The Merry Men

Page 96

As for Jean-Marie, he took his portion down with stoicism.

'I have given him a less amount,' observed the Doctor, 'his youth protecting him against emotion. And now that we have thus parried any morbid consequences, let us reason.'

'I am so cold,' wailed Anastasie.

'Cold!' cried the Doctor. 'I give thanks to God that I am made of fierier material. Why, madam, a blow like this would set a frog into a transpiration. If you are cold, you can retire; and, by the way, you might throw me down my trousers. It is chilly for the legs.'

'Oh, no!' protested Anastasie; 'I will stay with you.'

'Nay, madam, you shall not suffer for your devotion,' said the Doctor. 'I will myself fetch you a shawl.' And he went upstairs and returned more fully clad and with an armful of wraps for the shivering Anastasie. 'And now,' he resumed, 'to investigate this crime. Let us proceed by induction. Anastasie, do you know anything that can help us?' Anastasie knew nothing. 'Or you, Jean-Marie?'

'Not I,' replied the boy steadily.

'Good,' returned the Doctor. 'We shall now turn our attention to the material evidences. (I was born to be a detective; I have the eye and the systematic spirit.) First, violence has been employed. The door was broken open; and it may be observed, in passing, that the lock was dear indeed at what I paid for it: a crow to pluck with Master Goguelat. Second, here is the instrument employed, one of our own table-knives, one of our best, my dear; which seems to indicate no preparation on the part of the gang - if gang it was. Thirdly, I observe that nothing has been removed except the Franchard dishes and the casket; our own silver has been minutely respected. This is wily; it shows intelligence, a knowledge of the code, a desire to avoid legal consequences. I argue from this fact that the gang numbers persons of respectability - outward, of course, and merely outward, as the robbery proves. But I argue, second, that we must have been observed at Franchard itself by some occult observer, and dogged throughout the day with a skill and patience that I venture to qualify as consummate. No ordinary man, no occasional criminal, would have shown himself capable of this combination. We have in our neighbourhood, it is far from improbable, a retired bandit of the highest order of intelligence.'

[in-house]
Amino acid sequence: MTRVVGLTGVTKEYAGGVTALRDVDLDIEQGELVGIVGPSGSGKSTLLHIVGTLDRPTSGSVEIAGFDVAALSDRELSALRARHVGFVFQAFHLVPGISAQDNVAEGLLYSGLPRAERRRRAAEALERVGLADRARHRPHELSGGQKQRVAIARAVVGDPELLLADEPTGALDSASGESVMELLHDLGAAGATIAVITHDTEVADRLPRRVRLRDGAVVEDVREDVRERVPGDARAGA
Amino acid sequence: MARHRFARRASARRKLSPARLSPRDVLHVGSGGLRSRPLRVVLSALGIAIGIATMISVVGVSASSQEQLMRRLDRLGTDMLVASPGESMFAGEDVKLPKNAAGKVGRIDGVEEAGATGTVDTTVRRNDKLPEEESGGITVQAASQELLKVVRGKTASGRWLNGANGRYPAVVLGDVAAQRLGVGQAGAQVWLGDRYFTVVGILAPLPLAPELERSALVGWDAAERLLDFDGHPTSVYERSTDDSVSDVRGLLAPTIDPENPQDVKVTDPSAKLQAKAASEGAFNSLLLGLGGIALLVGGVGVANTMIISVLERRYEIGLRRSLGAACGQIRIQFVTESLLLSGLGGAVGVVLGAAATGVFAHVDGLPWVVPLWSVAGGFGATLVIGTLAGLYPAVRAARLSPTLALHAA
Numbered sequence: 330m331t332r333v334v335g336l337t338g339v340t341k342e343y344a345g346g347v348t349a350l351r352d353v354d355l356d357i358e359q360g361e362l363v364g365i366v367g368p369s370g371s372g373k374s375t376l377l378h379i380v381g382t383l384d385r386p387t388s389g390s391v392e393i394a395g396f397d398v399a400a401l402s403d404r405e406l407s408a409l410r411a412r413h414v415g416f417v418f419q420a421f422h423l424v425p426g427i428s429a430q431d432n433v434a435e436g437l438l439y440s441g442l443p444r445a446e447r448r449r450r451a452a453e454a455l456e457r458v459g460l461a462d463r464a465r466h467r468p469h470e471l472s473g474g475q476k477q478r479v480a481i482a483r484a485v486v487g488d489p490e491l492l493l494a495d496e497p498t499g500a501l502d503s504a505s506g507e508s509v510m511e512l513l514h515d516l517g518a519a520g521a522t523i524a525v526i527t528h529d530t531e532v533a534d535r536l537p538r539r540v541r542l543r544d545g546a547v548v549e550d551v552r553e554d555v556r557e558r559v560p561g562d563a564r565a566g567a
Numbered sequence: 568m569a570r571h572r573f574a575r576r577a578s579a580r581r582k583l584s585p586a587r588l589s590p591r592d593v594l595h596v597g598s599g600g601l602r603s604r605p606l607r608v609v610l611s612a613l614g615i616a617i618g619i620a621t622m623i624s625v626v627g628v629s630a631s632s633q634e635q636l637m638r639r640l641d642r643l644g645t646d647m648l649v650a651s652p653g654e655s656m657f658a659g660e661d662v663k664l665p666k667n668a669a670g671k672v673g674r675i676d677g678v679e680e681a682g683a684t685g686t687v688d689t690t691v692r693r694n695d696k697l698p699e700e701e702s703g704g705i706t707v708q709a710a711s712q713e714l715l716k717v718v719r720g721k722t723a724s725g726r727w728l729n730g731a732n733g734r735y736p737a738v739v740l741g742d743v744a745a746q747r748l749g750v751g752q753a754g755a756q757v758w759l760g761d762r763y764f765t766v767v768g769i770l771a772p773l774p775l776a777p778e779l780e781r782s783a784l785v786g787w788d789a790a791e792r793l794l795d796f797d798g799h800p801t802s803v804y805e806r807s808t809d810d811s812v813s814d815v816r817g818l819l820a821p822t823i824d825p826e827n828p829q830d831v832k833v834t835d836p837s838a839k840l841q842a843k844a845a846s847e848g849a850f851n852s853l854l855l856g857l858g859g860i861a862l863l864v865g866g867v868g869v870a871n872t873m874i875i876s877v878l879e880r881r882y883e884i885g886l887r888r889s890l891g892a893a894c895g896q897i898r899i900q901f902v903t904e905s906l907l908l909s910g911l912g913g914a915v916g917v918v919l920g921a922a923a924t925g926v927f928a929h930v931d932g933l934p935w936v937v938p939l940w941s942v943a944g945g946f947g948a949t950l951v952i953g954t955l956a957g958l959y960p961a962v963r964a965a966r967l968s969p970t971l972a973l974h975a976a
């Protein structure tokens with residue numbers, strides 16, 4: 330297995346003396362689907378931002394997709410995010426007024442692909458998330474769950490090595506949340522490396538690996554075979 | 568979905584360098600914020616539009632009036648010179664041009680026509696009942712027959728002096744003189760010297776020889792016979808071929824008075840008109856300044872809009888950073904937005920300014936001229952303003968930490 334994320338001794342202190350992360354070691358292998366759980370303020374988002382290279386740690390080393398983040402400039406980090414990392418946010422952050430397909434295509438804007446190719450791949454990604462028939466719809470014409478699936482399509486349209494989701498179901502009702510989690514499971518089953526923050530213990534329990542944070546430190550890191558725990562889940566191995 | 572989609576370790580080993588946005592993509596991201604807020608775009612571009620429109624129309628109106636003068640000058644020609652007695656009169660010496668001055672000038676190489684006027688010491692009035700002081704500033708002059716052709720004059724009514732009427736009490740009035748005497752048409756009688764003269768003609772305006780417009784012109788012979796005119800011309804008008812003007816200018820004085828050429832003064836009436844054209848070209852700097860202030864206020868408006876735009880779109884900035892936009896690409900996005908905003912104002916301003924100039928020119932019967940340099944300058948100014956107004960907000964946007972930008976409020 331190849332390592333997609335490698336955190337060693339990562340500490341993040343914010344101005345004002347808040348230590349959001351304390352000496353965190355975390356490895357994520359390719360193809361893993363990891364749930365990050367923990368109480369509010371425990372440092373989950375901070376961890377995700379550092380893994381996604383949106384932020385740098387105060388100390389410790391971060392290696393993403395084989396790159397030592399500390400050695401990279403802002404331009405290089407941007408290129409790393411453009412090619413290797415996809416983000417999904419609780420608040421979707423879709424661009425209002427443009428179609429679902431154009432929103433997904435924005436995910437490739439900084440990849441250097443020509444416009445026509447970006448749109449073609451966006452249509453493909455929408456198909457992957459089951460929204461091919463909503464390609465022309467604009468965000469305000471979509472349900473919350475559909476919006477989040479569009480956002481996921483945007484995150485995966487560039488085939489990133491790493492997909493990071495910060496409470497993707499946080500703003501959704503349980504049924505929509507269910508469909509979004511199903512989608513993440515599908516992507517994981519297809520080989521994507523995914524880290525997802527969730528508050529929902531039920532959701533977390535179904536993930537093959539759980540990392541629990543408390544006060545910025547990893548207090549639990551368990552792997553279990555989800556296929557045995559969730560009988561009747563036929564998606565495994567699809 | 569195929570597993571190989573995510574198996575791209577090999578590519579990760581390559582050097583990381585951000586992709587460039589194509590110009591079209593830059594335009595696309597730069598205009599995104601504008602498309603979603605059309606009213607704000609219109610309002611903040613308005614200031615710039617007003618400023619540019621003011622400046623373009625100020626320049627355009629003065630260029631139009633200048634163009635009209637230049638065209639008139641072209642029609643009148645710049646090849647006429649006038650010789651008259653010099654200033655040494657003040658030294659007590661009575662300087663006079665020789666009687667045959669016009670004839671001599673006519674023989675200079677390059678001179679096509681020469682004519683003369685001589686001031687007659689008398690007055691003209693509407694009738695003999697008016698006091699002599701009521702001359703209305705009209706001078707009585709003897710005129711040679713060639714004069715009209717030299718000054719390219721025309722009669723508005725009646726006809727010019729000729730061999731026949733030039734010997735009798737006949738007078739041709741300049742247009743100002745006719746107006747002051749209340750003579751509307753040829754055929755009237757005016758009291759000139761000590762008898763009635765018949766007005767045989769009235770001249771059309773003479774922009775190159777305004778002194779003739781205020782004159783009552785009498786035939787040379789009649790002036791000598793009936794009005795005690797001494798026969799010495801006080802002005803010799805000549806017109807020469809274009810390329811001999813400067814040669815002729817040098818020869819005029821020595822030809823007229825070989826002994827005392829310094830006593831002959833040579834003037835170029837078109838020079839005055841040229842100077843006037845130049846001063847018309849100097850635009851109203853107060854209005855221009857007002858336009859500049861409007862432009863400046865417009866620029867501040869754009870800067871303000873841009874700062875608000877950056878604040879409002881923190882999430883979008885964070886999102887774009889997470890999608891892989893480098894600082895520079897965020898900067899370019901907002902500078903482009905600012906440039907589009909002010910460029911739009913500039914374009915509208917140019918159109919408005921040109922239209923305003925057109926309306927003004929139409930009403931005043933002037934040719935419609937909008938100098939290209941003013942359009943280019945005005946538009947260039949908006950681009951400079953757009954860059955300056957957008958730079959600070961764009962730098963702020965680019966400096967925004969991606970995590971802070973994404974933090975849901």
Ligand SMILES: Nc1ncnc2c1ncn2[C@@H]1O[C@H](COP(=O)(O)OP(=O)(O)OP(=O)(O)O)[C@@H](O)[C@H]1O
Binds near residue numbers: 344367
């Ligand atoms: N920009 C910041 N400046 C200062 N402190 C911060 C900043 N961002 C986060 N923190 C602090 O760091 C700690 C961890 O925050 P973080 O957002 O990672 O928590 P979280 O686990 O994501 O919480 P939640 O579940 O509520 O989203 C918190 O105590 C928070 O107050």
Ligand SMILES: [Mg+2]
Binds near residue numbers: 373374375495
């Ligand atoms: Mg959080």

'Good heaven!' cried the horrified Anastasie. 'Henri, how can you?'

'My cherished one, this is a process of induction,' said the Doctor. 'If any of my steps are unsound, correct me. You are silent? Then do not, I beseech you, be so vulgarly illogical as to revolt from my conclusion. We have now arrived,' he resumed, 'at some idea of the composition of the gang - for I incline to the hypothesis of more than one - and we now leave this room, which can disclose no more, and turn our attention to the court and garden. (Jean-Marie, I trust you are observantly following my various steps; this is an excellent piece of education for you.) Come with me to the door. No steps on the court; it is unfortunate our court should be paved. On what small matters hang the destiny of these delicate investigations! Hey! What have we here? I have led on to the very spot,' he said, standing grandly backward and indicating the green gate. 'An escalade, as you can now see for yourselves, has taken place.'

Sure enough, the green paint was in several places scratched and broken; and one of the panels preserved the print of a nailed shoe. The foot had slipped, however, and it was difficult to estimate the size of the shoe, and impossible to distinguish the pattern of the nails.

'The whole robbery,' concluded the Doctor, 'step by step, has been reconstituted. Inductive science can no further go.'

'It is wonderful,' said his wife. 'You should indeed have been a detective, Henri. I had no idea of your talents.'

'My dear,' replied Desprez, condescendingly, 'a man of scientific imagination combines the lesser faculties; he is a detective just as he is a publicist or a general; these are but local applications of his special talent.

Robert Louis Stevenson
Classic Literature Library

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